By Emily Le Coz/NEMS Daily Journal
TUPELO – County leaders will consider an ordinance against loud music and other disturbances after a string of requests from rural residents.
Lee County currently has no noise ban, so a person’s sole recourse involves legal action through the courts, Sheriff Jim Johnson told the Board of Supervisors during a Monday morning meeting.
“A neighbor can sign an affidavit and take a person to court,” he said.
But it has its flaws: It’s slow; it seems unnecessarily extreme, and many residents fear retribution if they take legal action.
District 3 Supervisor Darrell Rankin suggested the ordinance after getting complaints from a resident whose neighbors blast loud music while she sleeps. The woman, he said, works a night shift and sleeps during the day.
But Johnson warned against a one-size-fits-all ordinance, saying it also would apply to people running a lawn mower or bush hog.
District 5 Supervisor Joe McKinney agreed: “If these people are up all night drinking and have got their music bumping, that’s a malicious act, but people bush hogging during the day is not.”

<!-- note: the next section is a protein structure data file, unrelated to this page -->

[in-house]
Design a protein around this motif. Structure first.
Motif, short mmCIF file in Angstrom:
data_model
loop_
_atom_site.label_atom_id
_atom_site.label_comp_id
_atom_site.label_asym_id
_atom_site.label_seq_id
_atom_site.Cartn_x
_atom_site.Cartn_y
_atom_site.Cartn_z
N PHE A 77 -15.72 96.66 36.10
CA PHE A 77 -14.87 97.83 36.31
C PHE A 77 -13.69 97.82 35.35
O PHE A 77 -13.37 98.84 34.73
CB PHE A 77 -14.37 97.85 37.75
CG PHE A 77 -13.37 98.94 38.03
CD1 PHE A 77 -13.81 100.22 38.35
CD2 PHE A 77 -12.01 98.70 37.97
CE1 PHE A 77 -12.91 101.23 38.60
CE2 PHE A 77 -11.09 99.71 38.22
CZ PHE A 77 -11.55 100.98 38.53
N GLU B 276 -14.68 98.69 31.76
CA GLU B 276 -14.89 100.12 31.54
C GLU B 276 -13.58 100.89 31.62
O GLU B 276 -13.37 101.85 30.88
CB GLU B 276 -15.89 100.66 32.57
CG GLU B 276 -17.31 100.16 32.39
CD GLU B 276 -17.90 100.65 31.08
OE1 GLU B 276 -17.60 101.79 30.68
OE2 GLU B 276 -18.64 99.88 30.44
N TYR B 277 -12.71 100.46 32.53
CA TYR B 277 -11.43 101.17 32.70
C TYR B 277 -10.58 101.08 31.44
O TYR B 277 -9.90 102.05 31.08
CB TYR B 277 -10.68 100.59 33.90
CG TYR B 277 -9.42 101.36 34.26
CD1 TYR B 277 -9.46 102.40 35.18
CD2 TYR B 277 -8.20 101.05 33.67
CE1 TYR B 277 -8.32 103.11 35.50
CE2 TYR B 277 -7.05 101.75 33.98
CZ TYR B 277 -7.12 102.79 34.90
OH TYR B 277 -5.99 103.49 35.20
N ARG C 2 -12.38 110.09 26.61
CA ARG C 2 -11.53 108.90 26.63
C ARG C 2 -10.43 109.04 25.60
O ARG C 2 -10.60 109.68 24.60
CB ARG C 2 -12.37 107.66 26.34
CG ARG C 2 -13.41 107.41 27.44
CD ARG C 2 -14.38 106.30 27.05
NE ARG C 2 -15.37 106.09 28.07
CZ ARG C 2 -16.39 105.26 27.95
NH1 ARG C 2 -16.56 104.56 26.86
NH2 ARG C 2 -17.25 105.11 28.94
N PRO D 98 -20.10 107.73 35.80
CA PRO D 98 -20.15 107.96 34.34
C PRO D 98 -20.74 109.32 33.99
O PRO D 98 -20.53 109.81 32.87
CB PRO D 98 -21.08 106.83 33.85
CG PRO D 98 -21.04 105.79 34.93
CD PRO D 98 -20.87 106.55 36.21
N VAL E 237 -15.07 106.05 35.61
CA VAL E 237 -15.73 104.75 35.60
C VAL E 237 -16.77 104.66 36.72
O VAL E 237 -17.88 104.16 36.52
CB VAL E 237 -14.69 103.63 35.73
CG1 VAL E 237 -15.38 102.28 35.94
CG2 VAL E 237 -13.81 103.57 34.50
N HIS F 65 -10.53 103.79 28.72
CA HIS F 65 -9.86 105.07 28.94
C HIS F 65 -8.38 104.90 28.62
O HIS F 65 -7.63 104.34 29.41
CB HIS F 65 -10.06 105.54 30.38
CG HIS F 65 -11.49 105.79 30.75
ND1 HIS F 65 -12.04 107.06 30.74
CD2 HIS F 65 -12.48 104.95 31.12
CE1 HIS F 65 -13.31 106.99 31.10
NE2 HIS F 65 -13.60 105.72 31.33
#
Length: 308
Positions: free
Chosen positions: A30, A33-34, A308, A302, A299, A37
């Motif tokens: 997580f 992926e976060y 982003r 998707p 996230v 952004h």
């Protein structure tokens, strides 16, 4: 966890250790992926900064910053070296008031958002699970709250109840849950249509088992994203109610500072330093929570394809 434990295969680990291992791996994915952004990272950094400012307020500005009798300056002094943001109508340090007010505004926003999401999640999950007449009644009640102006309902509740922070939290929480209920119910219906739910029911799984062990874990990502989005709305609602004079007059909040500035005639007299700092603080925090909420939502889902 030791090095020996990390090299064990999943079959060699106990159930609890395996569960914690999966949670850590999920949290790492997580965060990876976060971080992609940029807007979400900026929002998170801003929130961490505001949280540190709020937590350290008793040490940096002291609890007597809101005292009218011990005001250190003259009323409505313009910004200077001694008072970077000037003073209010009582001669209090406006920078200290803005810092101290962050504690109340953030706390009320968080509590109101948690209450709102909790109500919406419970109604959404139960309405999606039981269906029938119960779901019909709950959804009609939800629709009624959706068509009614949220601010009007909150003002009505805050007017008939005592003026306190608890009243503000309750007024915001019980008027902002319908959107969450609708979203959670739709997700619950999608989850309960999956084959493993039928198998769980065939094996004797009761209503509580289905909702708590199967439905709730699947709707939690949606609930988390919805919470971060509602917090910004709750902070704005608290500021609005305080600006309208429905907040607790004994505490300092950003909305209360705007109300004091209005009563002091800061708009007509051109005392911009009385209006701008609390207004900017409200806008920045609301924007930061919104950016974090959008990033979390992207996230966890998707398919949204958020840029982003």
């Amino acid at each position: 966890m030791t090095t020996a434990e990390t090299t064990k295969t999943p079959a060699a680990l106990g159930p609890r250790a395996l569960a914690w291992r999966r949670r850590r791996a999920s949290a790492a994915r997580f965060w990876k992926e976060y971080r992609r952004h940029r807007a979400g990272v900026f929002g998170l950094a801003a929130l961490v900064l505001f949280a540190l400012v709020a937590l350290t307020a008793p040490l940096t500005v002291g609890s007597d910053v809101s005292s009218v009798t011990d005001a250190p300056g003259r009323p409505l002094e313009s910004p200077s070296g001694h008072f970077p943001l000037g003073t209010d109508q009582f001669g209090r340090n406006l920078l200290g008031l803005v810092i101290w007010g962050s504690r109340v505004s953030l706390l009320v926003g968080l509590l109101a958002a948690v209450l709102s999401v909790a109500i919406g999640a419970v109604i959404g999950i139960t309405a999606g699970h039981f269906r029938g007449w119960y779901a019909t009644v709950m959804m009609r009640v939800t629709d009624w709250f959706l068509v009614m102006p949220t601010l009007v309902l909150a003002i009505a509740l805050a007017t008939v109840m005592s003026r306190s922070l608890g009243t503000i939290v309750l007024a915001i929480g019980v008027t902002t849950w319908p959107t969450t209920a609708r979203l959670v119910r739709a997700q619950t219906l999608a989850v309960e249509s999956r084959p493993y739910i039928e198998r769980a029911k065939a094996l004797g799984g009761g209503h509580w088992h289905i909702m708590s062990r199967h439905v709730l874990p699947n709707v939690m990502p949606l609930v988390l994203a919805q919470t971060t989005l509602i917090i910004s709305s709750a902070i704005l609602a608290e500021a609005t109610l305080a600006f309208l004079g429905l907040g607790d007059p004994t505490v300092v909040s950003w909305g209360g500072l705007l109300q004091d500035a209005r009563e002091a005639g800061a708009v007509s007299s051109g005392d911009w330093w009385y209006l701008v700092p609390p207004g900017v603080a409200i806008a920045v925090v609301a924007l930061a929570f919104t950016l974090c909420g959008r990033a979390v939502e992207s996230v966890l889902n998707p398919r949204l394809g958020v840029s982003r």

One Lee County resident at the meeting said he suffered the loud, nighttime music of a neighbor for roughly three years.
But even he wavered on whether the county should pass a noise ordinance.
“I have mixed feelings about it,” Jacky Blackburn said, “but I do think in situations like I’ve experienced there needs to be some meat in the law.”
Many cities, like Tupelo, have some type of noise ordinance. But county attorney Gary Carnathan said he doesn’t know of any counties with one.
Supervisors did not vote on the matter and asked Carnathan to research possible noise ordinances passed by other counties.
Contact Emily Le Coz at (662) 678-1588 or firstname.lastname@example.org.